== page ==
Life insurers do not appear to be receiving significant numbers of Hurricane Katrina-related life and health claims, but some Gulf Coast carriers are still recovering from the effects of the Aug. 29 storm on their own operations.[@@]
Southern Farm Bureau Life Insurance Company, Jackson, Miss., for example, is using a generator to supply power, and a number of insurers from outside the region have posted requests on the Web for employees in the region to call headquarters.
The storm has been especially hard on Pan-American Life Insurance Company, a company known for its spectacular headquarters on Poydras Street in New Orleans, about a mile from the Superdome.
So far, Pan-American has been able to contact only 150 of its 450 home office employees, says Tom Richert, the company’s marketing director.
The generators in Pan-American’s 28-story building went down almost immediately during the storm, and the wind blew windows out on the top floor.
The water near the Pan-Am building has been about 2 feet deep, Richert says.
Several of Pan-American’s property managers stayed in the neighboring Intercontinental Hotel until the day after the storm, but, at that point, senior management ordered the property managers to leave because “the looting was getting out of hand,” Richert says.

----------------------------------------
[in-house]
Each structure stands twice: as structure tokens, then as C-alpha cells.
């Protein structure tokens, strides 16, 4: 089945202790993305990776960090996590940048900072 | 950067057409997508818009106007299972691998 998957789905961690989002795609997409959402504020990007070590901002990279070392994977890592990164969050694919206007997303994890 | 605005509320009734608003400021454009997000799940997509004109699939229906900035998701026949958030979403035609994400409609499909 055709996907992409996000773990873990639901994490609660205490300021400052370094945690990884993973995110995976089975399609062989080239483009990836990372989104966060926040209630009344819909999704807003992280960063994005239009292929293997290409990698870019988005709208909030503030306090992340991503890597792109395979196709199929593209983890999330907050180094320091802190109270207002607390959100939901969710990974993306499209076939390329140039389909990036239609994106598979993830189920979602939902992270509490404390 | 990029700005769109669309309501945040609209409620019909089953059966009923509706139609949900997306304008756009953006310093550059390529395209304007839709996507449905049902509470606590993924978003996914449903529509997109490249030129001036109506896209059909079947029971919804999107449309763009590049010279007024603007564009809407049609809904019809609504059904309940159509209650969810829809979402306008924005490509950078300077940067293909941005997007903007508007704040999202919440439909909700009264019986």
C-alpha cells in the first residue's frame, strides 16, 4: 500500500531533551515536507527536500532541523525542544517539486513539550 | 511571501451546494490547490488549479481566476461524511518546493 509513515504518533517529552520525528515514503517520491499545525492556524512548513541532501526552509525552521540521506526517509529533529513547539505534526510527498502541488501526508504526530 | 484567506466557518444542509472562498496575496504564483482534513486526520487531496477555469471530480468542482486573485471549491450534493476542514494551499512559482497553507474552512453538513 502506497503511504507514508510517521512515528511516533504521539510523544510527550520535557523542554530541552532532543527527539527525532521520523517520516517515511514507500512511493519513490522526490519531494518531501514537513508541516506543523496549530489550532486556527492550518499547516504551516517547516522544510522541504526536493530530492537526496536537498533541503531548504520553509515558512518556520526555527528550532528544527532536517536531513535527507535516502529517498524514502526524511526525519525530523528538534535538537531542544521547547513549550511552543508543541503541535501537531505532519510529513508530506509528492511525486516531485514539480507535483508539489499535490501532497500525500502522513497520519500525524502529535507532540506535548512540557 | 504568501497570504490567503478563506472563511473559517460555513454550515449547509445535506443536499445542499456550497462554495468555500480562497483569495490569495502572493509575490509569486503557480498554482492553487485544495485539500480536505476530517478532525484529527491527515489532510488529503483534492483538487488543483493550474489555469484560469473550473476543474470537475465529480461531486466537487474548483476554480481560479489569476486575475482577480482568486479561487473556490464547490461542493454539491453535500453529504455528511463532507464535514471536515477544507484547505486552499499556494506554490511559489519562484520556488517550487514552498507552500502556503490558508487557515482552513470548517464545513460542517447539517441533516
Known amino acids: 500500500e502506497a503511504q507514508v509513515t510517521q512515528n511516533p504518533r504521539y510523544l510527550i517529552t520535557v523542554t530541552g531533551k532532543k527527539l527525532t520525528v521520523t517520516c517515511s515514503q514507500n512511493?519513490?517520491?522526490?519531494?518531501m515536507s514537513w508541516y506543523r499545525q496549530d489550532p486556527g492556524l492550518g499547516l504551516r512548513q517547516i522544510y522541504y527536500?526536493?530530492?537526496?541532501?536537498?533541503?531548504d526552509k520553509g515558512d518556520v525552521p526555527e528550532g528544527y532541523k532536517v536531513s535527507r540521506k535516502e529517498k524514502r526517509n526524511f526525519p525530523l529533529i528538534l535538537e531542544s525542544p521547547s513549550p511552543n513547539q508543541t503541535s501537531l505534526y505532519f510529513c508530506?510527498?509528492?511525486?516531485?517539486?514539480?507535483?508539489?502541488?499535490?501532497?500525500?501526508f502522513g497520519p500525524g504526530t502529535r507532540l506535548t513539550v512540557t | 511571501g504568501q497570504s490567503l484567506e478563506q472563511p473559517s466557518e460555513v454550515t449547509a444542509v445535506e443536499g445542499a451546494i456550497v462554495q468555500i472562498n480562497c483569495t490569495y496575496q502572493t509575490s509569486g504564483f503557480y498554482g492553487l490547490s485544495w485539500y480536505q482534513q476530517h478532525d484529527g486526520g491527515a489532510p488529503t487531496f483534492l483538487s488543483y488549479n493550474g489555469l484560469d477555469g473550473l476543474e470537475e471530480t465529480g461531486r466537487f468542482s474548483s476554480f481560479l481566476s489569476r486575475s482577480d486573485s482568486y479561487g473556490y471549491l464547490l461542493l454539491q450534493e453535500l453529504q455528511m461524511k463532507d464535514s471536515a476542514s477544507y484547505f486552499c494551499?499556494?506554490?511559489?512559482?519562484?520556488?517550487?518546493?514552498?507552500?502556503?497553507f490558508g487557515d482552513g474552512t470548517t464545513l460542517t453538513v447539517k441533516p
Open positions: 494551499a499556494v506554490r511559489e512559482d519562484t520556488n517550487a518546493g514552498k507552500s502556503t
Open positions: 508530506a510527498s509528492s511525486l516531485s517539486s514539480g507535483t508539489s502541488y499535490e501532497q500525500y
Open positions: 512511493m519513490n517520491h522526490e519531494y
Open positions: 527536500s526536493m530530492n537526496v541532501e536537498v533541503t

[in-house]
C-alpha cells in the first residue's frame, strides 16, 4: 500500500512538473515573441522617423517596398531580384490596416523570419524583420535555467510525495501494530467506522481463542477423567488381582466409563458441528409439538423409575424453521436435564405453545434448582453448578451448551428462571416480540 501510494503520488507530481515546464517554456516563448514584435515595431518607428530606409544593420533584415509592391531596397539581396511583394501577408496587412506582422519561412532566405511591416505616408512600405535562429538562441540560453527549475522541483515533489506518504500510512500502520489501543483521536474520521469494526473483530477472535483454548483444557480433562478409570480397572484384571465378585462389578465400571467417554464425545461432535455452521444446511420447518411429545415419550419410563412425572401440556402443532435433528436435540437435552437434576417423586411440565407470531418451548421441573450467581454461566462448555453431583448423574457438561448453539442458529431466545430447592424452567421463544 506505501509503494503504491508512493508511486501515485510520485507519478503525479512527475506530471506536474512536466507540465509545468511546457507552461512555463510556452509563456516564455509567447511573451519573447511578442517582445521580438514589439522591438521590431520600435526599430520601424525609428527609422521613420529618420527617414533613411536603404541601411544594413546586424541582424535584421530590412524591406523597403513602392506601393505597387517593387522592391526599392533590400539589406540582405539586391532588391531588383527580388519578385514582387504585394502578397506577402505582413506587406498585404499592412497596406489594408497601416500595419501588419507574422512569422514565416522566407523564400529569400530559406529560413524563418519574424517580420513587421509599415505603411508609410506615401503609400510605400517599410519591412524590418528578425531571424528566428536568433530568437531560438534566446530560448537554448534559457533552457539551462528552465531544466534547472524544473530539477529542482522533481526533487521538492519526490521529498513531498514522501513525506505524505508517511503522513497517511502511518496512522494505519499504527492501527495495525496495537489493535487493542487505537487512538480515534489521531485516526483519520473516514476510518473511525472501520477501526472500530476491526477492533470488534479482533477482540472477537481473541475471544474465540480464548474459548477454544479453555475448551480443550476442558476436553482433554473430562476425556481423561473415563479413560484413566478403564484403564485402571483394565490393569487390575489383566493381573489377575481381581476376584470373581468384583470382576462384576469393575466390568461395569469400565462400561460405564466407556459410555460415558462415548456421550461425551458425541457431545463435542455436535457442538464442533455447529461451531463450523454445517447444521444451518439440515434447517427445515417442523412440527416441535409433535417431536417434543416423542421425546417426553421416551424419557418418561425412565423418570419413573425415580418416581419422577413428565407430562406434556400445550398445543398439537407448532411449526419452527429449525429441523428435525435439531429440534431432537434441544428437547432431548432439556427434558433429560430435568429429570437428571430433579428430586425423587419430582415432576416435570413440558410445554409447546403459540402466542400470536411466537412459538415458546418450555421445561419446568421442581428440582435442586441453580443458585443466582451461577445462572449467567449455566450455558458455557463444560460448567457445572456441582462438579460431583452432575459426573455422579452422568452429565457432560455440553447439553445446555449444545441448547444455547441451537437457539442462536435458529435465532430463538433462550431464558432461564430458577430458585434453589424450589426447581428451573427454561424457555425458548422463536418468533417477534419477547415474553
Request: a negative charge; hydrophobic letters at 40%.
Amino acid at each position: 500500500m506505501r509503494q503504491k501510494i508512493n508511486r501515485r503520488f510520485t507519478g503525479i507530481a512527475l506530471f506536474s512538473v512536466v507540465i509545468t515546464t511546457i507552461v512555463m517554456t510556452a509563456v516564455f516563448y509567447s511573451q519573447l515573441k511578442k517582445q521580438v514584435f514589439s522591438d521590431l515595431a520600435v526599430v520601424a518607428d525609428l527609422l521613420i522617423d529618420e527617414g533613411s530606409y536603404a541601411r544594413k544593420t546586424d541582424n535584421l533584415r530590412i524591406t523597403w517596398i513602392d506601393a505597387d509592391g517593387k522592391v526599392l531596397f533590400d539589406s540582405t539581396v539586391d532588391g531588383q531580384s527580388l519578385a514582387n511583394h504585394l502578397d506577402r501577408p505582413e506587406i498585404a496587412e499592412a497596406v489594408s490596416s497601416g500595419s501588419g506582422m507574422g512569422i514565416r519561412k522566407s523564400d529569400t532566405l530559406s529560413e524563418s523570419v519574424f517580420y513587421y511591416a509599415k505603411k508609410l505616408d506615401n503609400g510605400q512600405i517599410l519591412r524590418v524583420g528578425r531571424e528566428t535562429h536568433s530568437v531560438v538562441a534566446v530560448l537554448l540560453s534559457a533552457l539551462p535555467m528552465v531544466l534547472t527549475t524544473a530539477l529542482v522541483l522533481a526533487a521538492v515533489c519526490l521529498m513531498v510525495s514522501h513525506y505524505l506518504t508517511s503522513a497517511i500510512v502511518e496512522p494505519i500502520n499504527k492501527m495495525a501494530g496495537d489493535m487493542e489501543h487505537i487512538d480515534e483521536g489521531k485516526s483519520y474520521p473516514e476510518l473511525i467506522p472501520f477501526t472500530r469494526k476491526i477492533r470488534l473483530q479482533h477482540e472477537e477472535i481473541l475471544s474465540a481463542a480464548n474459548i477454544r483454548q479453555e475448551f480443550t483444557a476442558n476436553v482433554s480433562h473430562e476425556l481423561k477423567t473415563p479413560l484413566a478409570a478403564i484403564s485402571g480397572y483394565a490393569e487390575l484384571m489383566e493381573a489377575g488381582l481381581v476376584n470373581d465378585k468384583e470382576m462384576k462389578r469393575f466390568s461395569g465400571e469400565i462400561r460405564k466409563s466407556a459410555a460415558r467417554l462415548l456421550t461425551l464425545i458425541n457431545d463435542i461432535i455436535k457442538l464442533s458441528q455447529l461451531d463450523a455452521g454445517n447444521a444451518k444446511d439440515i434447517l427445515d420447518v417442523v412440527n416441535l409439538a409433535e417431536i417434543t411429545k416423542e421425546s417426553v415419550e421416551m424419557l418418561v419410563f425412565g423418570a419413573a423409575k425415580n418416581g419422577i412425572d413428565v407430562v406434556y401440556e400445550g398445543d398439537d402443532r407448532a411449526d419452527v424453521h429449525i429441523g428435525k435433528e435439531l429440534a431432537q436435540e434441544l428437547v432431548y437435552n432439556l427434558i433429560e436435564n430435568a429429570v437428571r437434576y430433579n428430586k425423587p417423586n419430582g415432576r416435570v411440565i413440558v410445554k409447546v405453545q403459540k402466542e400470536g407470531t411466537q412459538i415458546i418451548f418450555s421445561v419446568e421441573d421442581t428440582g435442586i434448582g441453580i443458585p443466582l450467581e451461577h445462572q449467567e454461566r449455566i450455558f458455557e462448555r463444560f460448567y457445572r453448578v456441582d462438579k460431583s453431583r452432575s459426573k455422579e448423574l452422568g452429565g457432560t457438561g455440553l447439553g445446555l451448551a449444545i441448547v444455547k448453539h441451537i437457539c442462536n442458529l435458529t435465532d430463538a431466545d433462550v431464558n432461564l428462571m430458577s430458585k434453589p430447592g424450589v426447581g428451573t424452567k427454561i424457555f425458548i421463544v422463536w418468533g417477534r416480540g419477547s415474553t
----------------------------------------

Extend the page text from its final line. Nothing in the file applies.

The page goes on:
Pan-American is trying to arrange an effort to send in trucks to get important legal, marketing, underwriting and human resources records from its headquarters, but the company has put its recovery plan into operation, and it is up and running, Richert says.
Pan-American has leased temporary space in Baton Rouge, 70 miles west of New Orleans. The company is paying claims, writing new business, and “returning to as much normalcy as we can,” Richert says.
Pan-American already is offering a 60-day grace period on payments to the areas hit hardest by Katrina. Southern Farm Bureau probably will offer a 60-day grace period, too, says company spokeswoman Linda Showah.
The life and accident claims picture remains murky.